Emerging economies are of course the big online growth market and what the New York Times calls 'social voice messaging' is starting to take off in Asia. The most prominent of these services is Singapore based Bubbly, which has 12 million users in India, Indonesia, The Philippines and Japan. Bubbly describes itself as a 'voice based Twitter', though in reality what it seems to be used for is as a way for Asian sports stars and celebrities to share recorded updates via participating mobile phone operators. This makes it more of a one way service, and as several news reports have pointed out, it is also more difficult to sort through messages you don't want as on Twitter. Still, the service is growing at 100,000 users a week.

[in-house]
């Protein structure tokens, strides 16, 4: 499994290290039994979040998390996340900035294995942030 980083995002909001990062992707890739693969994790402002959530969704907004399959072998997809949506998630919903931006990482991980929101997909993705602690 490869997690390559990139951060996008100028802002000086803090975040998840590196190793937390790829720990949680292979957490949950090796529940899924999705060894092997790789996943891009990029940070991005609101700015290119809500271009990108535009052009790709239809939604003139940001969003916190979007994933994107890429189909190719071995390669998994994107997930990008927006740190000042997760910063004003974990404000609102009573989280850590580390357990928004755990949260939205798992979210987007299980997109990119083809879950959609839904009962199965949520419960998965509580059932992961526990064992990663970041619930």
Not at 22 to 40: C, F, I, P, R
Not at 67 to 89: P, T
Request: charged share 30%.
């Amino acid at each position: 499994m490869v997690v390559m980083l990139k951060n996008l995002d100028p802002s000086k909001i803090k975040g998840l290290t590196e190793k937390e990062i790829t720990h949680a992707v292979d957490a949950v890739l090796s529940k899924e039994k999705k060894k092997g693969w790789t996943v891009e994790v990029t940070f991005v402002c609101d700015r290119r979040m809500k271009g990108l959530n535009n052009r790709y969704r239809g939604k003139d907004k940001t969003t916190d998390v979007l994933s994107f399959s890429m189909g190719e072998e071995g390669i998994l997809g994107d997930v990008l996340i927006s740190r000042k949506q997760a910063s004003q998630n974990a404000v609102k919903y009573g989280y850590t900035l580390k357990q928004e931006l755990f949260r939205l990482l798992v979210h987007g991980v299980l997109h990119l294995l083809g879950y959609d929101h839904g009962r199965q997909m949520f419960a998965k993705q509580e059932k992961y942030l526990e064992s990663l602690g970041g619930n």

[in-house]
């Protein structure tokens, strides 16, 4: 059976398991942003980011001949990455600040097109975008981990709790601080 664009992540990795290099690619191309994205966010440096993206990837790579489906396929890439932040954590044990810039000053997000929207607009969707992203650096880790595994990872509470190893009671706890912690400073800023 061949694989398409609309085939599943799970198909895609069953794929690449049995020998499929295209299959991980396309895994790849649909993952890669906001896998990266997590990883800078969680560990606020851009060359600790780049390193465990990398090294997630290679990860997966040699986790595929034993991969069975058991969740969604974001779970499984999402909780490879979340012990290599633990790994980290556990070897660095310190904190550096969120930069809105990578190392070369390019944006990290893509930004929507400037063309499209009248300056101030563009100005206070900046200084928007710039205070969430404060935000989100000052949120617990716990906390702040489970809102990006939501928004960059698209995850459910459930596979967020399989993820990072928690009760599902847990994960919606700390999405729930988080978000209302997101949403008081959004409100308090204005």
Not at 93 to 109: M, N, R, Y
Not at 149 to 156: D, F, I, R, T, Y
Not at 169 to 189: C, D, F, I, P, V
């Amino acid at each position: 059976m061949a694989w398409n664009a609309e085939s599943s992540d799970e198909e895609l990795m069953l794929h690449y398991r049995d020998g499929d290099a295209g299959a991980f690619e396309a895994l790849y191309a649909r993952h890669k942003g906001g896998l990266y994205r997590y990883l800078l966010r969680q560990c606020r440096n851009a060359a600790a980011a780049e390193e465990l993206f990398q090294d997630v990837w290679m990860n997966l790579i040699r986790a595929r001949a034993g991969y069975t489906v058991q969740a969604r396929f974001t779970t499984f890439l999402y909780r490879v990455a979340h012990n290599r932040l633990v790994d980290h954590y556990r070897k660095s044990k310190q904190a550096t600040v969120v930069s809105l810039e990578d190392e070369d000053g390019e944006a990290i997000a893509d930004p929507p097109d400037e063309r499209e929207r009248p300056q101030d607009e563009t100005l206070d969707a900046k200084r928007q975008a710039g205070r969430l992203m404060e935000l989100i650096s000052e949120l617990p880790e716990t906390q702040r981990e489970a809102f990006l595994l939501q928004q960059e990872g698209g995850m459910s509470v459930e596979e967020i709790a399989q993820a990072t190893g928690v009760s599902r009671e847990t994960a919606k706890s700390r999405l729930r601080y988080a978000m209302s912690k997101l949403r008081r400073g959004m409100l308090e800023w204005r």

The most high profile of all the social sound services is the newly funded (to the tune of $50 million) SoundCloud. Berlin-headquartered SoundCloud currently has somewhere between 5-10 million users, 80% of which joined in the past year. Like Audioboo you can record any sound - voice, music or otherwise - via a smartphone application or the website and then upload and share. However, unlike Audioboo there is no three minute recording limit (you have two hours for free). SoundCloud was initially primarily geared towards music artists, but now has extended to the spoken word. Indeed, the 'SoundCloud for' page of the site lists a number of examples of how it can be used for comedy, for audio books, for education, for for band collaboration, for journalists and for field recordings. Note that only one of these are explicitly music based. SoundCloud has amassed a lot of very influential fans. For example, writing about SoundCloud's "massive" new funding, ReadWriteWeb's Marshall Kirkpatrick calls it "an inspiring community of audio producers and fans leveraging new technology." Kirkpatrick compares it to the best of YouTube in the early days, eulogising "SoundCloud feels like the kind of creative place that the Internet was meant to be."